The hiker who had paused along the trail to Mystic Lake looked skeptical.
He had amiably asked if the long green aluminum poles poking out of Zachery Farrand’s backpack were for probing avalanches?
No, Farrand told him, they are used for bat research.
“Bats, in the Beartooths?” the hiker questioned. He hadn’t seen any, nor had his companions.
But Farrand assured him they did fly around at night in the high mountain range of south-central Montana. He has proof.
Need to know
Farrand, a 20-year-old Rocky Mountain College student from Springfield, Mo., has conducted a three-month study in two areas of the Beartooth Mountains this spring — the Line Creek Plateau at the southern end of the range, and up the West Rosebud Creek drainage, just past Mystic Lake. The idea is to learn how bats are using different elevations from 6,000 to 10,000 feet, and what species of bats are utilizing the high mountains.
Understanding the types of bats exploiting different habitats is important because so little is known about the small, flying mammals. The need to know has been heightened since 2006, when white nose syndrome began killing off large numbers of bats in New York. The bat-killing fungus has since spread as far west as Oklahoma, killing off 5.7 million bats and prompting a greater concern about the survival of the animals.
“So there’s a concern that if white nose syndrome shows up here, we won’t know what we lost because we don’t know what we had,” said Kayhan Ostovar, a professor of environmental studies at RMC who is overseeing Farrand’s study.
Bats are important to the ecosystem in part because of all of the flying insects they eat. According to Farrand’s research, a little brown bat can eat up to 600 mosquito-sized insects in one hour and lactating females can eat up to 110 percent of their body weight in one night. One estimate put
the savings to agriculture for pest management at $3.7 billion. Bottom line: Fewer bats means more bugs.
Before Farrand’s study, the only other research on the Custer National Forest — which covers the southern half of the Beartooth Mountains — totaled 20 nights. By the end of his research, Farrand will have spent 24 nights in the mountains collecting data.
“We don’t know a lot about these high elevation species,” he said.
His work has been funded by Rocky’s Yellowstone Research Center in partnership with the Custer National Forest.
To verify what type of bats are using the landscape and when, Farrand has hiked into the mountains for four nights in a row since May. Near his campsites he deployed three high-frequency sensors that are plugged into recording devices atop the long aluminum poles that garner so much attention from other hikers. Bats produce high-pitched screeches that can’t be heard by humans, but the sensor picks them up and a 3.5-second recording is made.
Bats use the calls to determine the distance of prey, as well as vegetation or other obstacles in their flight path — a radar-like skill called echolocation. As the bats try to zero in on the location of prey, the calls can become more frequent.
When Farrand returns to Billings, he plugs the data card from the recording device into a computer that has software called SonoBat. The software analyzes the call and determines which species of bat most likely made the sound based on a statistical analysis.
So far, Farrand has documented silver-haired, long-earred myotis, little brown, big brown, hoary, long-legged and western small-footed myotis bats during his research — seven of Montana’s known 15 species. There is one general differentiation among bat species — those that roost in trees and those that roost in cave-like sites.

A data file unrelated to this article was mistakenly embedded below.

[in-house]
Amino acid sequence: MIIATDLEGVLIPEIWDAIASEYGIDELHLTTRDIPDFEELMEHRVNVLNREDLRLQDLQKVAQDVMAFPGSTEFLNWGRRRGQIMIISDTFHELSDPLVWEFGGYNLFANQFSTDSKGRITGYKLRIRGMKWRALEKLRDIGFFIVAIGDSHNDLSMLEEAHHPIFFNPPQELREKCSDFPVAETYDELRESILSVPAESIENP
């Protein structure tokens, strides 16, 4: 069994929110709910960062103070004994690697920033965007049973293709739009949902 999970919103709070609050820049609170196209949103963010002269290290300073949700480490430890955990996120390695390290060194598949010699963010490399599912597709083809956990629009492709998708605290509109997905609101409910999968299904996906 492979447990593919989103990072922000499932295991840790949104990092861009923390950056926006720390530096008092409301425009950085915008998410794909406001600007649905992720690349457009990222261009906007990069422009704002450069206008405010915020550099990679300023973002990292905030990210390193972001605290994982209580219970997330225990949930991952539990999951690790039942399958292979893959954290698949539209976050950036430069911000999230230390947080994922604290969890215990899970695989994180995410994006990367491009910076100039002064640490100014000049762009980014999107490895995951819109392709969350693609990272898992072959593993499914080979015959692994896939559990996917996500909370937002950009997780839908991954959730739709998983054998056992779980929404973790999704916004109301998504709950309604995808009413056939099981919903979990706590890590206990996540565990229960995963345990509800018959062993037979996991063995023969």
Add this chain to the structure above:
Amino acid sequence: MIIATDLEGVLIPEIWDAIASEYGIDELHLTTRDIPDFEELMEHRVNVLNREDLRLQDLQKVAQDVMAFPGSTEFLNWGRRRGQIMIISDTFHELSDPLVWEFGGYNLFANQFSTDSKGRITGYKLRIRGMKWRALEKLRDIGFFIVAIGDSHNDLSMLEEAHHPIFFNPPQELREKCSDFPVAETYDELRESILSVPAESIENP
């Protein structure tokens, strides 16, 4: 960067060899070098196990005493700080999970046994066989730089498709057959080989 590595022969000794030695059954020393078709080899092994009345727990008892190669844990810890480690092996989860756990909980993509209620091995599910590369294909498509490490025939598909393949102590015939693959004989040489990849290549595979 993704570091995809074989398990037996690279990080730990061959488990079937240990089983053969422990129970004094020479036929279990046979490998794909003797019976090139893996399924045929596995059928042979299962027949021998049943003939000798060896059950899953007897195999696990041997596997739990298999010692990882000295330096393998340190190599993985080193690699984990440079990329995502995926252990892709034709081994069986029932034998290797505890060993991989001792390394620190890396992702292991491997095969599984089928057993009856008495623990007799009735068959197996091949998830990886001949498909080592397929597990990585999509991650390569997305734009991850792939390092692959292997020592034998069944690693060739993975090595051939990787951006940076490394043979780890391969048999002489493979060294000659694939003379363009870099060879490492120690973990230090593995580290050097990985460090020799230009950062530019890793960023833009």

He’s also documented an increase in bat activity as his study has progressed from May into June and July, showing that the animals seem to migrate to the higher elevations as the weather warms and snow melts into waters that insects hatch from.
Last Thursday night, Farrand and Ostovar set up a 12-foot-high mist net on a pond near the mouth of the West Rosebud canyon in an attempt to capture some bats to verify the species using the area. Windy weather confounded the task. Because the nets would billow and flap in the wind, the bats could detect and avoid them.
So on Friday Farrand strapped on his backpack to hike the six miles into Island Lake for his first of three nights of monitoring, the last tour of his summer study. The late-night work – which starts at dusk and extends past midnight – along with the trekking into remote sites, has been a unique backcountry experience for Farrand.
“I’ve done a fair amount of stuff on my own, but not for four nights in a row like this,” he said. “The solitude has an effect on you, not having anybody else around.”
In his down time he has read a lot, and sometimes even goes for a trail run to break up the monotony. Occasionally he’ll talk to himself as he tries to sort questions out, but so far he hasn’t answered back.
“It can be kind of stressful trying to conduct a study on my own,” he said. “I have to decide right then and hope I made the right choice.”
All of the hiking has left him lean and quick on the steep uphill climbs. The night work has left him looking sleepy.
Farrand’s dedication has impressed his professor.
“I like hiking in the Beartooths, but I don’t think I would have stayed up half the night, stumbling around in the woods when I was his age,” Ostovar said.
Farrand, who said he’s long been fascinated by all forms of life, said the research has given him a greater understanding of the importance of the small, strange looking creatures that many people fear or dismiss as flying mice.
And, he noted as he sat on a wave-washed beach with a rugged, snow-creviced peak rising in the distance, “It’s not a bad place to do research.”